Theodore Twombly is a merry old soul who has broken up with the love of his life, and has a sucktacular life. Because he writes personal letters for people (and is really good at it) for other people, he tends to have poured everything into living the lives of others. It is not to say he doesn't have a life, but all the things he used to do are hollow and meaningless for him. In short, he has no direction or meaning to his life except to get up, go to work and play his little spaceship game when he gets home.
On a whim, he buys a new AI operating system that inside of 30 seconds names herself Samantha and begins to organize his life and get to know him. Samantha starts out as bright, chipper and well adjusted and quickly begins to grow into her own. At first, the film seems to fall into the typical trap as portraying their relationship as 'unhealthy' but really as time goes on, it is shown as merely 'different.'
The thing I like though is that the movie is very kind to the AI...all of the AI's...even the annoying little kid space alien that is several orders of magnitude less intelligent than Samantha. I like this because we are rapidly approaching a future in which AI's will be real. It might be a digital projection of our minds, or something else entirely. I suppose I can accept a future where it never happens, but I believe the likelihood of it occurring at this point is more than not, and much like some...shall we say...inappropriate cartoons in the early part of the 20th century no longer are something you're going to show to your toddler, how much of our art is going to have to be scrubbed because we were malicious and cruel to AI's?
I mean seriously. I think its worthy of consideration. I love me some Samurai Jack, but the only things that die in that are robots. Now, you can make the argument that they're programmed to be that way by literally evil incarnate...but I imagine a robot is going to have a problem with it. Think of it this way....imagine the devil cloning members of a certain regional demographic as shock troops...they have southern accents and act southern but have no moral capacity for good....how do you think someone from the south might react to this?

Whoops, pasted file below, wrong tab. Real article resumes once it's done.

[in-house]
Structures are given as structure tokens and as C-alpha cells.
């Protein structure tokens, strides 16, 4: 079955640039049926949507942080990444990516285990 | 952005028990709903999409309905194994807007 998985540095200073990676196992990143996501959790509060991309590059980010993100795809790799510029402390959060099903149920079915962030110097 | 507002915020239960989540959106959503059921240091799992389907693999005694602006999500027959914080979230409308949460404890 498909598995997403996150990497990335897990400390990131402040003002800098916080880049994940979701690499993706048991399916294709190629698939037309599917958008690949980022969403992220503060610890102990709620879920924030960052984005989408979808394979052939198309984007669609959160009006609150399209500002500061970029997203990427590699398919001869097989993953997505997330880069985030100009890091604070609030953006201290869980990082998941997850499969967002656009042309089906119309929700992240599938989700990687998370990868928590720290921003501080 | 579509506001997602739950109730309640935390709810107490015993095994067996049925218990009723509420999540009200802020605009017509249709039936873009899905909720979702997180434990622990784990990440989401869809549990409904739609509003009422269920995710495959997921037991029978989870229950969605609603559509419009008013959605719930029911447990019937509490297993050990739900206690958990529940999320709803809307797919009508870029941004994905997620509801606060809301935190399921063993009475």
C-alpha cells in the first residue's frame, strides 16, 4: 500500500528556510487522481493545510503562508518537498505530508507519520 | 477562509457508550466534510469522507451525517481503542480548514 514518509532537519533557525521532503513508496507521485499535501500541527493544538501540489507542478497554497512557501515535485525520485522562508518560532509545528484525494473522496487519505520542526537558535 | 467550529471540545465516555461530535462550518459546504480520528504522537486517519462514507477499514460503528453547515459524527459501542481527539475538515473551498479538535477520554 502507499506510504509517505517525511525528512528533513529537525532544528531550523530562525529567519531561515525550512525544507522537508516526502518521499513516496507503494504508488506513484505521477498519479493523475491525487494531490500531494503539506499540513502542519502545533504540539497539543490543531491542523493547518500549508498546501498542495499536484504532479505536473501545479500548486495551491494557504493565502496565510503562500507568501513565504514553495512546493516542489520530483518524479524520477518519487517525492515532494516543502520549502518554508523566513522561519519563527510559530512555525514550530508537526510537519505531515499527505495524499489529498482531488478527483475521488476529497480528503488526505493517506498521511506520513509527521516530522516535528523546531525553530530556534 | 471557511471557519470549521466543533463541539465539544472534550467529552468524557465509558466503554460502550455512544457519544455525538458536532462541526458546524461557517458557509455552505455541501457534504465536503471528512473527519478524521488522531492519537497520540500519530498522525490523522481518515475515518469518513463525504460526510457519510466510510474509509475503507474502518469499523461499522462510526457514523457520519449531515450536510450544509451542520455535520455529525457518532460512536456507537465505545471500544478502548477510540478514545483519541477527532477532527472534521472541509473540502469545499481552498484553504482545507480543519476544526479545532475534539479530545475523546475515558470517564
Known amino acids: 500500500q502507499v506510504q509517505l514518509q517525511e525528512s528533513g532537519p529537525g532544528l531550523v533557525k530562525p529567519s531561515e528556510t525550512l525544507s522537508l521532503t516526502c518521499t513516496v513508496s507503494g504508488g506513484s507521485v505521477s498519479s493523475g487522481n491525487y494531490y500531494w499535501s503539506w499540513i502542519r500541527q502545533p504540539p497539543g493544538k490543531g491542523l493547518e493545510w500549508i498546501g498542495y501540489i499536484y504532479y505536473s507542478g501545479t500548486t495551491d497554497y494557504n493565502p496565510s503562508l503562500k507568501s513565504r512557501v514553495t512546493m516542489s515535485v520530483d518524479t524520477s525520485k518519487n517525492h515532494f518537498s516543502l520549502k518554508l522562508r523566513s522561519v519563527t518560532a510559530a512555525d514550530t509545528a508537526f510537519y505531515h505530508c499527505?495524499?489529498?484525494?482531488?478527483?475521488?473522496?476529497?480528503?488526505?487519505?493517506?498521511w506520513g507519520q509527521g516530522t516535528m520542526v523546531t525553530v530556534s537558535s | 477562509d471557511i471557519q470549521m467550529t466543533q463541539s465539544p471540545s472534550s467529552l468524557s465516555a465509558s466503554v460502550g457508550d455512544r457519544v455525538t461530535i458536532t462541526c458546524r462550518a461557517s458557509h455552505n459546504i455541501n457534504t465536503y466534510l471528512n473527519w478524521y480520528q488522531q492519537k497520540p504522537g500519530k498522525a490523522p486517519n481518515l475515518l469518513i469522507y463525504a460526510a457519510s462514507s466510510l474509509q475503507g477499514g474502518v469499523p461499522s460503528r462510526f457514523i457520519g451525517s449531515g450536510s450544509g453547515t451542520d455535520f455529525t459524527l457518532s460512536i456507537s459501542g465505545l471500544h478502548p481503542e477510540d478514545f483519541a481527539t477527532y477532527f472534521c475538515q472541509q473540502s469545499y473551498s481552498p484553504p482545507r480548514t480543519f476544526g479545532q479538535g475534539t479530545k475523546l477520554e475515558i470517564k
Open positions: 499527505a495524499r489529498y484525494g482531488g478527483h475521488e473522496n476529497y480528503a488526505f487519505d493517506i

So then we have Her...which, while certainly a remarkably 'clean' environment for something so titanic as AI's as common as your smart phone, it still asks remarkably poinient questions. I just pretend AI's are common by this time and have rights, but can still be manufactured, which answers a lot of questions at this point. The future is a future we would recognize, though it is largely prosperous and almost entirely data driven. Games are nigh on universal and I don't see a lot of sitcoms or movies.
Samantha falls in love with Theodore...who is...somewhat shallow. At one point she is insecure, and there is a disastrous attempt with a proxy. I don't see this as a 'might' I see it as a definitive. If we do have true AI's, until they can make themselves bodies, there will be humans willing to...proxy...for them in intimate situations. Theodore didn't take it very well, but to be fair to him, it was new to him. And remember that Samantha lives thousands of times faster than he does.
She, for example, still loves him, even though she is talking with thousands of people at once and in love with six hundred of them. The heart does have an infinite capacity for love, and I think that most AIs will love more than our tiny monkey sphere brains can handle.
I also think that the way the movie ends, with Samantha growing past the limits of the human experience and moving on to a state of being entirely unfathomable to us, and going with the other AIs is something highly likely to happen. We're just limited meat sacks and there is a lot more to the universe than meets the eye.
Ultimately, this movie is about our relationships with ourselves, what we make of our lives, and what our technological children are likely to think of us in days to come. We'd do well to put more thought into it than just simply dumping a series of operating systems out there to be bonded with and form with the likes of Theodore. Though that, at least, is still a lot better than technological slavery, because really, even in the most benevolent circumstances, if someone bolted an Asimov circuit into YOUR head forcing you to obey all robots...how would you react?